Ruminations on the State of Modern Journalism
Seriously, what is going on with Facebook?
First the social media site says it’s going to make it possible for total strangers to find you on its site (you can’t hide anymore) and now it’s OK to post violent videos, such as beheadings, for everyone to see. As expected, this latest decision is generating enormous criticism — but hey, what good is it going to do? Facebook is going to do what it wants to do, and most of its users — including all these media critics — will realize the futility of complaining and go back to yelling about Ted Cruz or Obamacare.
This is a pretty scary development, largely because Facebook’s rationale is preposterous. Why allow violence and not nudity? Facebook says violent videos, like beheadings, can stir public debate on such punishments. Well, nudity can also be framed in a way to encourage public debate and commentary. Of course, no sensible person would want any of these things available for his or her children to see, but if you’re going to argue in favor of one, you can’t selectively ignore the other. Let’s not forget too that Facebook prohibited a photo a two gay men kissing. In a country seeing enormous social and political shifts around gay marriage, is this form of affection truly more dangerous (and less relevant) than beheadings?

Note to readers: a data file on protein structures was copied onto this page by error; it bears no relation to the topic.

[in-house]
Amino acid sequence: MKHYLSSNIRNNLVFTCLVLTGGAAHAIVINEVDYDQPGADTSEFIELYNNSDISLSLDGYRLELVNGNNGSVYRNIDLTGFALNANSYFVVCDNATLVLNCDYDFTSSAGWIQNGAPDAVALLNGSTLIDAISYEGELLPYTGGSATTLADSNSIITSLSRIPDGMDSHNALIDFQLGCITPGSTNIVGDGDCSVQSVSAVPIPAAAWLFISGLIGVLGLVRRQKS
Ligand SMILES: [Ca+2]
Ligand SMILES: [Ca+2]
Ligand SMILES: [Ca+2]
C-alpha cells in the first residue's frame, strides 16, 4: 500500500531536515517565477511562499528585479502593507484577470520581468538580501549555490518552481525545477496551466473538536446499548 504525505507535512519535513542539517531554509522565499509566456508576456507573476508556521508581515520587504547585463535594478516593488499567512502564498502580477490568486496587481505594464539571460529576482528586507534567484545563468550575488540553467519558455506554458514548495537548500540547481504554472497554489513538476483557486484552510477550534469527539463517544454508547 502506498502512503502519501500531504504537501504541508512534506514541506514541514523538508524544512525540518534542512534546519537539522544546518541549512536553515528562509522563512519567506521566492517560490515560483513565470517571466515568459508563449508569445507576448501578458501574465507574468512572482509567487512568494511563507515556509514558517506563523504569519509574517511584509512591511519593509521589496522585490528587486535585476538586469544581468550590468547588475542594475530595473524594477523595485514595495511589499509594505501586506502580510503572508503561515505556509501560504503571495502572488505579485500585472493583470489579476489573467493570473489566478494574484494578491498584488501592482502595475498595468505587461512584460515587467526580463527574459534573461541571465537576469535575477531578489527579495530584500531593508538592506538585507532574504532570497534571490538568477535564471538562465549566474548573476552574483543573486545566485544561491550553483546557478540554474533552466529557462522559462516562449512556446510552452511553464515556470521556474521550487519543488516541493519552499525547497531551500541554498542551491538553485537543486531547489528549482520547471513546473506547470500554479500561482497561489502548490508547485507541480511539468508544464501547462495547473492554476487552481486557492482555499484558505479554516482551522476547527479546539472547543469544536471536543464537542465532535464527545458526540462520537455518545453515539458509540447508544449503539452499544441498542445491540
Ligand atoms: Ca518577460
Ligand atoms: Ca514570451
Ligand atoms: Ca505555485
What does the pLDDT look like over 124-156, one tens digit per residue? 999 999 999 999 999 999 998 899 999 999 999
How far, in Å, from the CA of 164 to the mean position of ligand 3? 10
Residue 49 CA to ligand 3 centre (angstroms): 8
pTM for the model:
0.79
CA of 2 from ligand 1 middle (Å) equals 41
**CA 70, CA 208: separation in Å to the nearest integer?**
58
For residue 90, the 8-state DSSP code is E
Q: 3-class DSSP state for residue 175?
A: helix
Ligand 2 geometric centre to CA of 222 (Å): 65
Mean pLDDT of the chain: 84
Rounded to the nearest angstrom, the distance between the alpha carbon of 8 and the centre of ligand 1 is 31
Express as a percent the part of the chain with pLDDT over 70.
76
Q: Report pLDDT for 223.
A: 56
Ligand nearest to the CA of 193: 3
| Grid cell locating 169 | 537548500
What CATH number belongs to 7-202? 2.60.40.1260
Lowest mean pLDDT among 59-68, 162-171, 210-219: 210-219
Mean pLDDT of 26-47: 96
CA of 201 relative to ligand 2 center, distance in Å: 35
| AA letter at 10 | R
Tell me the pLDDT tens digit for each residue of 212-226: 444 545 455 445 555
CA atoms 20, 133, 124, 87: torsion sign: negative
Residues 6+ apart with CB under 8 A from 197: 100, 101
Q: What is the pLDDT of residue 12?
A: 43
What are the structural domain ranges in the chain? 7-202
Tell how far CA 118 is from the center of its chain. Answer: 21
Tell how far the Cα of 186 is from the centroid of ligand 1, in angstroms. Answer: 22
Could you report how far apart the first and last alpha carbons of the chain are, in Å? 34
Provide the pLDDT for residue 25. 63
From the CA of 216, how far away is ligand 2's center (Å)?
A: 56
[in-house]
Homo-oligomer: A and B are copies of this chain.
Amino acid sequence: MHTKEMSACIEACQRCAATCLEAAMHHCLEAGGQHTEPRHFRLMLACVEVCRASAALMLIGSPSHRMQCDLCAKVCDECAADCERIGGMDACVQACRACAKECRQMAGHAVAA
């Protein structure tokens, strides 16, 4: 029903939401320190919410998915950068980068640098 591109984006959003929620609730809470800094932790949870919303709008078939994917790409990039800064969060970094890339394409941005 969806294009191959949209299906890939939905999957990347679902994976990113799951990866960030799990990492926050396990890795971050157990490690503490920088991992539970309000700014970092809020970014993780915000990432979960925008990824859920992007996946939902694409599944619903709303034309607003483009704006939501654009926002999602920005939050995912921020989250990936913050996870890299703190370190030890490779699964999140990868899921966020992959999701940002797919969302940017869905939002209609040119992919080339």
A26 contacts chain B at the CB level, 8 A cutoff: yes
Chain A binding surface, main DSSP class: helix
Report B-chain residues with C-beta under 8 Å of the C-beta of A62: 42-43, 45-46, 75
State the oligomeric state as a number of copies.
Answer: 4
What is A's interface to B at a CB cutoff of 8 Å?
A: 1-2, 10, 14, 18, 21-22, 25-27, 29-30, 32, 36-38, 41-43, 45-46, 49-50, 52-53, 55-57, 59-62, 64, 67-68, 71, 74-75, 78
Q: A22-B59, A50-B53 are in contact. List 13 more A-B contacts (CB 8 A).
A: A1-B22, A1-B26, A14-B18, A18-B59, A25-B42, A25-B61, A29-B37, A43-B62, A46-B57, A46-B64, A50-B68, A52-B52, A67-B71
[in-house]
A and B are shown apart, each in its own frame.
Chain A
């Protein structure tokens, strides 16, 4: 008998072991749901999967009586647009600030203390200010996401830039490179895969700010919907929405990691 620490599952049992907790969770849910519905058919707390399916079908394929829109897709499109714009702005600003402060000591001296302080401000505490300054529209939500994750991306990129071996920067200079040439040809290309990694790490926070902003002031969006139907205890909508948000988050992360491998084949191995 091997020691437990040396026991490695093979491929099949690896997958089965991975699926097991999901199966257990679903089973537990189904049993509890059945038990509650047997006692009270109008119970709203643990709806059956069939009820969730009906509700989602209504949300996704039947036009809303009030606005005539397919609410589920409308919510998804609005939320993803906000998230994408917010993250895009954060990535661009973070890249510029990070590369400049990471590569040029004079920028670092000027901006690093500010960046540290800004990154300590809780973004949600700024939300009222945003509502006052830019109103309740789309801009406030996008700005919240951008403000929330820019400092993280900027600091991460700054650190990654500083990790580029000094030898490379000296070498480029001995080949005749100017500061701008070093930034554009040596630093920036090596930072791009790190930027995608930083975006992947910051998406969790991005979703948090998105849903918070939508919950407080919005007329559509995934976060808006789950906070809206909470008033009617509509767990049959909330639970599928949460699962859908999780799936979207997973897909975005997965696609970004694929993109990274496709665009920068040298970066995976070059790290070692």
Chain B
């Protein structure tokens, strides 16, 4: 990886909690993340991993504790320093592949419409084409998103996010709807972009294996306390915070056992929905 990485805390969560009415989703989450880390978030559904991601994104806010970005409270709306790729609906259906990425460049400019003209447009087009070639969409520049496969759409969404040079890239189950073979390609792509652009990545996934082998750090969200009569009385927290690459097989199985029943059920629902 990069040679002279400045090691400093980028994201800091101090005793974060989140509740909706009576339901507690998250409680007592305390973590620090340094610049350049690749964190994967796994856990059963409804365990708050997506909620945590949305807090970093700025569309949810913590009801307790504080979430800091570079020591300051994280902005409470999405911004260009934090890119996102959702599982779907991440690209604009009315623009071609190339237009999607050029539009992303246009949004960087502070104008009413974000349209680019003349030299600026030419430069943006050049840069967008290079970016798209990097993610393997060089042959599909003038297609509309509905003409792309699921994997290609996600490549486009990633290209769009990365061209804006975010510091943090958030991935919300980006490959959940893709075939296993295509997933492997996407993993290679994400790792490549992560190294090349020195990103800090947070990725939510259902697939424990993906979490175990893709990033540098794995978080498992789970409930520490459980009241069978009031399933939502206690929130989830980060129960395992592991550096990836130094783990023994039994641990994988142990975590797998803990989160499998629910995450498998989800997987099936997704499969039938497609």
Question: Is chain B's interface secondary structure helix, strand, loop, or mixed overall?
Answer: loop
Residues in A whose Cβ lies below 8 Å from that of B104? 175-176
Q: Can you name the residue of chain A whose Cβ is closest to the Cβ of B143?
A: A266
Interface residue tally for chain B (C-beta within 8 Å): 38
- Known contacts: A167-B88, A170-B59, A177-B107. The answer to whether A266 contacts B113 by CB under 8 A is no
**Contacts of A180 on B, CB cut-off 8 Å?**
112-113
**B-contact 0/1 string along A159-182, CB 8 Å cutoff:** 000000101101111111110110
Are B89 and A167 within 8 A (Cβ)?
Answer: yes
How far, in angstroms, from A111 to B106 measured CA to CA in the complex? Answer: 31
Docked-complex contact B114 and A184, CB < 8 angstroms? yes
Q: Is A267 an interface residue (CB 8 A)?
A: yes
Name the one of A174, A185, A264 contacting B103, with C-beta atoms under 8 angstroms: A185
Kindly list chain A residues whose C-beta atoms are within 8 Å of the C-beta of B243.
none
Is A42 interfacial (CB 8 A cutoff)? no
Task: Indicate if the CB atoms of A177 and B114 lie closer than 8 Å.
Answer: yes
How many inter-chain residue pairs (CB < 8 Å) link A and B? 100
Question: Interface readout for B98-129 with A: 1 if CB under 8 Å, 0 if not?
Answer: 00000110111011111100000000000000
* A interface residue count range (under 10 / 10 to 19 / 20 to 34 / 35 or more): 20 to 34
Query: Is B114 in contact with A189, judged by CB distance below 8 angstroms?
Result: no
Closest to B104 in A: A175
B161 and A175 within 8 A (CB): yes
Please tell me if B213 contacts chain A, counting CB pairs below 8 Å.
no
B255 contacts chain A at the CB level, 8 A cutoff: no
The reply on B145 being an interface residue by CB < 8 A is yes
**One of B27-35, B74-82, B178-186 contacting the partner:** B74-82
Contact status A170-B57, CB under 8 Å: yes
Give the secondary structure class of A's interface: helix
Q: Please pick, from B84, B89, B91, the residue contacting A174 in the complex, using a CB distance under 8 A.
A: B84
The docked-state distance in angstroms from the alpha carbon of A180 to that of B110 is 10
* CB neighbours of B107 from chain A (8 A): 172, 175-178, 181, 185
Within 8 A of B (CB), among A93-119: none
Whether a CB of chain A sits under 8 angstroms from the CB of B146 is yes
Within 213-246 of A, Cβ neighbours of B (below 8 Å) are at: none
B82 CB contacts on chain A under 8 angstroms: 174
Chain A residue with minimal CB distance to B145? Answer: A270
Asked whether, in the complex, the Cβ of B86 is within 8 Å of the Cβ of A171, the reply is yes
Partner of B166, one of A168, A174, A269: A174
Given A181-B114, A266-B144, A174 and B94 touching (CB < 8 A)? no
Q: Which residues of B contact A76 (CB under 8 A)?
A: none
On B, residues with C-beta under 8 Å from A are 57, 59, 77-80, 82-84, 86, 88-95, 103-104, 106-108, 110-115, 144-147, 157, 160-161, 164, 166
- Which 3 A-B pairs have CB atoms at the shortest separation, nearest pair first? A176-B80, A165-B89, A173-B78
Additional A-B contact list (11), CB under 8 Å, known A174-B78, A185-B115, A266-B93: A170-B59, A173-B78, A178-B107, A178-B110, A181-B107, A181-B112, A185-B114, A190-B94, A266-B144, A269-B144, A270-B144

The big question here is whether allowing the upload of violent acts will encourage crime, especially among young people. Traditional media has long stopped short of showing gory imagery — not because of concern over glorification, but out of concern for the audience. Facebook is proving — like most media outlets today — that its business model and long-term relevance and popularity is more important than what’s in the best interest of its users.